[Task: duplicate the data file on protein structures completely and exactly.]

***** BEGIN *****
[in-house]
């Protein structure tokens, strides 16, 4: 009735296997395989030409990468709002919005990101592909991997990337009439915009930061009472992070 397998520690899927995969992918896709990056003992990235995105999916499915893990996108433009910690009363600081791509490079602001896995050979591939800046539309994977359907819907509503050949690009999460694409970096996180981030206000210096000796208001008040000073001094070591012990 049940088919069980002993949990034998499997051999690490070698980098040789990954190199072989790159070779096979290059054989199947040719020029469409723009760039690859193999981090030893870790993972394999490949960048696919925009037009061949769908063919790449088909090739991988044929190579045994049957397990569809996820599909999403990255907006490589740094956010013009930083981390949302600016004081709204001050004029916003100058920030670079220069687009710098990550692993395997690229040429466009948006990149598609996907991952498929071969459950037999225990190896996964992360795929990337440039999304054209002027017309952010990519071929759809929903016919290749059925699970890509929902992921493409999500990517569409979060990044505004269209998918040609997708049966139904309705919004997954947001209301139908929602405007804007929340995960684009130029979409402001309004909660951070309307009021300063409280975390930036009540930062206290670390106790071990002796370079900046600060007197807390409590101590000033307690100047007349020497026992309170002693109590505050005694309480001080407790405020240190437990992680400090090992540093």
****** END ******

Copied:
[in-house]
């Protein structure tokens, strides 16, 4: 009735296997395989030409990468709002919005990101592909991997990337009439915009930061009472992070 397998520690899927995969992918896709990056003992990235995105999916499915893990996108433009910690009363600081791509490079602001896995050979591939800046539309994977359907819907509503050949690009999460694409970096996180981030206000210096000796208001008040000073001094070591012990 049940088919069980002993949990034998499997051999690490070698980098040789990954190199072989790159070779096979290059054989199947040719020029469409723009760039690859193999981090030893870790993972394999490949960048696919925009037009061949769908063919790449088909090739991988044929190579045994049957397990569809996820599909999403990255907006490589740094956010013009930083981390949302600016004081709204001050004029916003100058920030670079220069687009710098990550692993395997690229040429466009948006990149598609996907991952498929071969459950037999225990190896996964992360795929990337440039999304054209002027017309952010990519071929759809929903016919290749059925699970890509929902992921493409999500990517569409979060990044505004269209998918040609997708049966139904309705919004997954947001209301139908929602405007804007929340995960684009130029979409402001309004909660951070309307009021300063409280975390930036009540930062206290670390106790071990002796370079900046600060007197807390409590101590000033307690100047007349020497026992309170002693109590505050005694309480001080407790405020240190437990992680400090090992540093």